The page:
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What Is the Exclusion Ratio?

Stan Haithcock
August 20, 2023

Hi, Stan The Annuity Man, America's annuity agent, licensed in all 50 states. Today's question is a good one. "Hey, Stan, what's this exclusion ratio thing I've heard about? What's an exclusion ratio? Why are they excluding it? I don't want anything excluded. I want it all, Stan. I want it all with my annuity type." We're going to talk annuity types, about the exclusion ratio, how to look at that, and how to navigate my website.

Okay, exclusion ratio, what is that? It revolves around annuities that provide lifetime income. These annuities include Single Premium Immediate Annuities, Deferred Income Annuities, and annuities that are in essence, annuitized. Not all lifetime income stream payments are annuitized. Income Riders can be a draw-down product. Draw down means subtraction in the South. But we'll talk today about exclusion ratios and how to look at that on my site when you run quotes at The Annuity Man and what that means.

Lifetime Income Products

So, what exactly is an exclusion ratio? Let's go backward a little bit and let's focus on two primary products for lifetime income that are both annuitized: Single Premium Immediate Annuities and Deferred Income Annuities. There's also a third one called Qualified Longevity Annuity Contracts that are, in essence, a Deferred Income Annuity but only used for IRAs. But for today's conversation, we'll discuss Immediate Annuities and Deferred Income Annuities. And you say, "Wait a minute, what's the difference?" It's pretty much the same chassis, but the difference is when you turn on the income stream. So, with a Single Premium Immediate Annuity, that income's going to turn on in a year or less. So, 30 days up to a year. With a Deferred Income Annuity, it's really the Immediate Annuity that magically becomes a Deferred Income Annuity after that year deferral. You can defer it for 13 months, five years, 30 years, 10 years, seven years, etc; Deferred Income Annuity. Now with lifetime income payments with annuities, that lifetime income payment is a combination of return of principal plus interest. And you say, "Wait a minute. Whoa, whoa, whoa. Return to my principal plus interest, what?" Yeah, that's what a lifetime income stream is. And the true benefit proposition of an Immediate Annuity and a Deferred Income Annuity is it will pay you for life. We can also structure it so that 100% of any unused money goes to the beneficiaries when you die.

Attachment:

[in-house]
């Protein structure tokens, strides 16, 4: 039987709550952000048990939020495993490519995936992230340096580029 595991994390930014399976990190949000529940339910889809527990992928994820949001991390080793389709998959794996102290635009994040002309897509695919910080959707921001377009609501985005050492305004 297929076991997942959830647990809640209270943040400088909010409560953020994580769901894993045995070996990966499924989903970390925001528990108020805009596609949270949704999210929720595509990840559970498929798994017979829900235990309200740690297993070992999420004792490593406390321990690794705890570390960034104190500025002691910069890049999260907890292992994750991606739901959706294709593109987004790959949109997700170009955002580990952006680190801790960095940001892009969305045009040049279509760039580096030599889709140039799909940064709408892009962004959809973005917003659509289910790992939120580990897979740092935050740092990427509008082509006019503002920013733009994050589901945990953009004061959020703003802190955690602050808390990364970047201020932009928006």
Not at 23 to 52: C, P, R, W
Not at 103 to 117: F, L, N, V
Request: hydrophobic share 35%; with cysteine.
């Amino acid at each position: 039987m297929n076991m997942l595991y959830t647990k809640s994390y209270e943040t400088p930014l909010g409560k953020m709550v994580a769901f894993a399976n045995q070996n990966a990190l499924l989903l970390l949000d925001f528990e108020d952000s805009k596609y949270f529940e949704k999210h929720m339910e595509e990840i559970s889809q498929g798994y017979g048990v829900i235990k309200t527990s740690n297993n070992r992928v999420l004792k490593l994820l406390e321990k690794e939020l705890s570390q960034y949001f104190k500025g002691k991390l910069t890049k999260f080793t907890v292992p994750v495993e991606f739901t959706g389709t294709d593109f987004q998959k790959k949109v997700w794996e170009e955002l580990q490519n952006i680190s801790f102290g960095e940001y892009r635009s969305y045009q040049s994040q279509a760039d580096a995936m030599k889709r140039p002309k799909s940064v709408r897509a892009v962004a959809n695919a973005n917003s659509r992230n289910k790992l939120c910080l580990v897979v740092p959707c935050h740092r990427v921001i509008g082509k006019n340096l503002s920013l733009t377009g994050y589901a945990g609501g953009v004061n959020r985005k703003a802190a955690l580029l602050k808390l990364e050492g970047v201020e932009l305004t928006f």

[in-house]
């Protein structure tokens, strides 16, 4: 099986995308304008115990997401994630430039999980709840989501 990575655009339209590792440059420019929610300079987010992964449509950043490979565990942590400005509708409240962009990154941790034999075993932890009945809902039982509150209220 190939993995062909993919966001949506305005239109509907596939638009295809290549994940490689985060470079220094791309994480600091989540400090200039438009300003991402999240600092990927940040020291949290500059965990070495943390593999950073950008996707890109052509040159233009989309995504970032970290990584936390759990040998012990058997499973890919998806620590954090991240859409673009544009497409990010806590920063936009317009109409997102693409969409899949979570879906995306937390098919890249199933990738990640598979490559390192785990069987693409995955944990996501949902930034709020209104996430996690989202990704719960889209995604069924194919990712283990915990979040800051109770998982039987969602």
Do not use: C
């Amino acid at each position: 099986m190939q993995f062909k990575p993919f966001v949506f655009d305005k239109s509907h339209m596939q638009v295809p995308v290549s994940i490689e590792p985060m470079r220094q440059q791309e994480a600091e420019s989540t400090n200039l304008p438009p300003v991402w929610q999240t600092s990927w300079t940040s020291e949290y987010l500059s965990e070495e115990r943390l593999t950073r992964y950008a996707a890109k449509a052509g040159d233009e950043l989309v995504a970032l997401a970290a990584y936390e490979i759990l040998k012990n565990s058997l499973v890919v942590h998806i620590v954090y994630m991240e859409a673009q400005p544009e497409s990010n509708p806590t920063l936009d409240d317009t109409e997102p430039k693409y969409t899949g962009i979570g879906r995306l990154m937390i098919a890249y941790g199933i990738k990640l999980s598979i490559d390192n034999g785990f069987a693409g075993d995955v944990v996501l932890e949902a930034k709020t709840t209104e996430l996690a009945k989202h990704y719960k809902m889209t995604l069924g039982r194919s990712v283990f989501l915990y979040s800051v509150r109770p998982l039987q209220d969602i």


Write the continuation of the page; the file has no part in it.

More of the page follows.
But as long as you're breathing and/or on a respirator, it will pay for as long as you live. But remember what I said, a combination of return of principal plus interest. Now let's go and look at all the types of accounts you can use Deferred Income Annuities and Immediate Annuities in. These accounts are Non-IRA, IRA, and Roth IRA. Let's look at Roth IRA. SPIAs and DIAs in a Roth IRA are tax-free income because you've already paid the taxes on the Roth to convert it. On IRA, SPIAs, and DIAs both, the income coming out of both of those with IRA assets, that income stream's going to be fully taxable because, like everything you pull out of your IRA that's been deferring when you take money out, it's taxable at ordinary income levels.

Non-IRA Assets

But the exclusion ratio truly applies when you're using non-IRA assets, checking accounts, savings accounts, non-IRA, non-qualified as they call it in the business assets. And when you run a quote at our site, you can run an Immediate Annuity quote or a Deferred Income Annuity quote using non-qualified assets. Or let's just say you want to use IRA money and you want to know what the exclusion ratio is. Run it non-qualified, non-IRA. You'll see the grid come up, and it'll show the top companies that have the highest payouts available for your specific situation. You have to understand that the older you are, the higher the payments, as it's primarily based on life expectancy, but it will segment out; here's your lifetime income payment, and here's the interest portion of that.